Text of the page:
The U.S. Supreme Court indicated support for upholding a restrictive Mississippi abortion law that could overturn the landmark Roe v. Wade ruling recognizing a woman's right to end a pregnancy
By Christine Murray and Anastasia Moloney
Dec 1 (Thomson Reuters Foundation) - Conservative U.S. Supreme Court justices on Wednesday indicated support for upholding a restrictive Mississippi abortion law in a ruling that would undermine or outright overturn the landmark 1973 Roe v. Wade ruling legalizing the procedure nationwide.
The court, which has a 6-3 conservative majority, heard about two hours of oral arguments in the southern state's appeal to revive its ban on abortion starting at 15 weeks of pregnancy, a Republican-backed law blocked by lower courts. During the arguments, the three liberal justices sternly warned against ditching important and longstanding legal precedents like Roe.
Abortion rights campaigners, who say U.S. abortion rights are under attack unlike any time since Roe, have said a decision that upholds Mississippi's law would effectively gut the 1973 ruling, giving states a free hand to limit or ban the procedure.
If Roe v. Wade was overturned, more women from conservative states like Mississippi would have to travel elsewhere for abortions, making it particularly difficult for poor, Black and Hispanic women to access the procedure.
What is Roe v. Wade?
In 1973, the U.S. Supreme Court made a landmark ruling known as Roe v. Wade that said a woman's decision to have an abortion was covered under the right to privacy.
The case involved a woman under the pseudonym of Jane Roe and Henry Wade, a state prosecutor in Texas, where abortion was only allowed if a pregnant woman's life was in danger.
The justices voted 7-2 that restrictions on abortion could not be broad and that the constitution protected the right to abortion before the stage at which a fetus could survive outside the womb, between 24 and 28 weeks.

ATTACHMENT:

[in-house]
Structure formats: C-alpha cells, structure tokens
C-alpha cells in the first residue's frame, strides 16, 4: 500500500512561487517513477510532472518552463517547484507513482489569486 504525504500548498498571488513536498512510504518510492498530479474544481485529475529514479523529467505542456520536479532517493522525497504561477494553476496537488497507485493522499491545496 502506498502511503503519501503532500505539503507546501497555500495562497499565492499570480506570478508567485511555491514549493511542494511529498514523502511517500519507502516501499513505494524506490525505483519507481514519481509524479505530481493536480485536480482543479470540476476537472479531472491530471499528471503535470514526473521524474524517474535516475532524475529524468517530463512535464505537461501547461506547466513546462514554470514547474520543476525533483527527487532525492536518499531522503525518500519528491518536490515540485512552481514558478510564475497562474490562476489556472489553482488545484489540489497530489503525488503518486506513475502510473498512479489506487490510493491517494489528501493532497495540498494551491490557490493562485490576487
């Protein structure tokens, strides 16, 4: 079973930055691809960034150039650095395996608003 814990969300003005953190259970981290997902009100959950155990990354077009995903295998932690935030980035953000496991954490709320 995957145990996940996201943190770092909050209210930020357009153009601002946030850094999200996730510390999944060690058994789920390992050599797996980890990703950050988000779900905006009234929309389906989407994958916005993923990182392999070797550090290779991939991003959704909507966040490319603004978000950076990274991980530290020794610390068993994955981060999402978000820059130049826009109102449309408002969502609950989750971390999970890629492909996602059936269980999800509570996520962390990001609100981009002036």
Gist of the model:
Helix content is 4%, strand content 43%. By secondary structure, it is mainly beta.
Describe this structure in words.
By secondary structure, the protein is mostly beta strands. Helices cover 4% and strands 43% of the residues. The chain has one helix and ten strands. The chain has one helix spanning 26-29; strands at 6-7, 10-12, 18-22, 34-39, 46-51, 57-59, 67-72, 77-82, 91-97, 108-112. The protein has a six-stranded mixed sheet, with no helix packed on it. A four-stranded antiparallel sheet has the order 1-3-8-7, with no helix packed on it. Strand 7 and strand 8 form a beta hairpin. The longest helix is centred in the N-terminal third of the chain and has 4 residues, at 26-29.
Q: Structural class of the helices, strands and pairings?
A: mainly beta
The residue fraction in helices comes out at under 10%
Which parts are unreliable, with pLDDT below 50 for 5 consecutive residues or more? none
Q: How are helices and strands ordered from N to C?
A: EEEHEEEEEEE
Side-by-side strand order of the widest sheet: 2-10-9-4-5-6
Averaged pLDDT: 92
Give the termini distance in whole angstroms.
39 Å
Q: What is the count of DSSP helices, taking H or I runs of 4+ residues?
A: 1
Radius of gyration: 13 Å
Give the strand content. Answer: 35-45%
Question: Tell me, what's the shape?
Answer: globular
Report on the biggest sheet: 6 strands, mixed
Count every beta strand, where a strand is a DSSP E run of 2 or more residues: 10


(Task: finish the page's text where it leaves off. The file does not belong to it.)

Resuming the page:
"The detriment that the State would impose upon the pregnant woman by denying this choice altogether is apparent," the ruling said.
What has happened since Roe v. Wade?
Abortion remains a divisive issue in the United States, as in many countries. Christian conservatives are among those most opposed to it.
For decades, conservative activists and politicians have tried to overturn and chip away at Roe v. Wade.
Lawmakers in states from Arkansas to Utah have been trying to pass bills that limit abortion rights, with efforts emboldened under former President Donald Trump.
Trump nominated three of the nine Supreme Court justices during his four-year term, tilting the balance firmly towards conservatives. Six of the justices in total were appointed by Republican presidents.
The justices on Nov. 1 heard arguments in challenges to a law in Republican-led Texas that bans abortion at about six weeks of pregnancy, with no exceptions for pregnancies resulting from incest or rape. They have not yet ruled in the case.
U.S. abortion rates have steadily declined since the early 1980s, reaching the lowest levels on record in recent years, according to the nonprofit Guttmacher Institute.
Most Americans think abortion should be legal in all or most cases, according to a 2019 survey by Pew Research Center said.
What will happen now?
The case before the Supreme court judges on Wednesday is known as Dobbs v. Jackson Women's Health Organization and centers on the constitutionality of laws that ban abortions before a fetus is viable outside the womb.
The Mississippi state law in question, which bans abortion after 15 weeks without any exceptions for rape or incest, was blocked by a lower federal court in 2019.
Abortion rights activists argue that any rollback would have immediate knock on effects across the country.
"The consequences of a Roe reversal would be devastating. Over 20 states would prohibit abortion outright," said Nancy Northup, president of the Center for Reproductive Rights.
Some states have "trigger laws" that would instantly ban abortion if Roe v. Wade is overturned.
What is happening elsewhere?
The COVID-19 pandemic has affected abortion access around the world, with lockdowns preventing some women from undergoing the procedure in some places, while elsewhere at-home abortions pills have become easier to obtain.
Legislative decisions and court rulings have continued to revise abortion laws.
In Mexico, the Supreme Court ruled in September that penalizing abortion is unconstitutional, meaning courts can no longer prosecute abortion cases.
That followed Argentina's landmark decision to legalize abortion in January.
In Colombia, the constitutional court suspended a case in November that would have considered whether to fully decriminalize the procedure.
Poland has been implementing a strict ban on terminating pregnancies.
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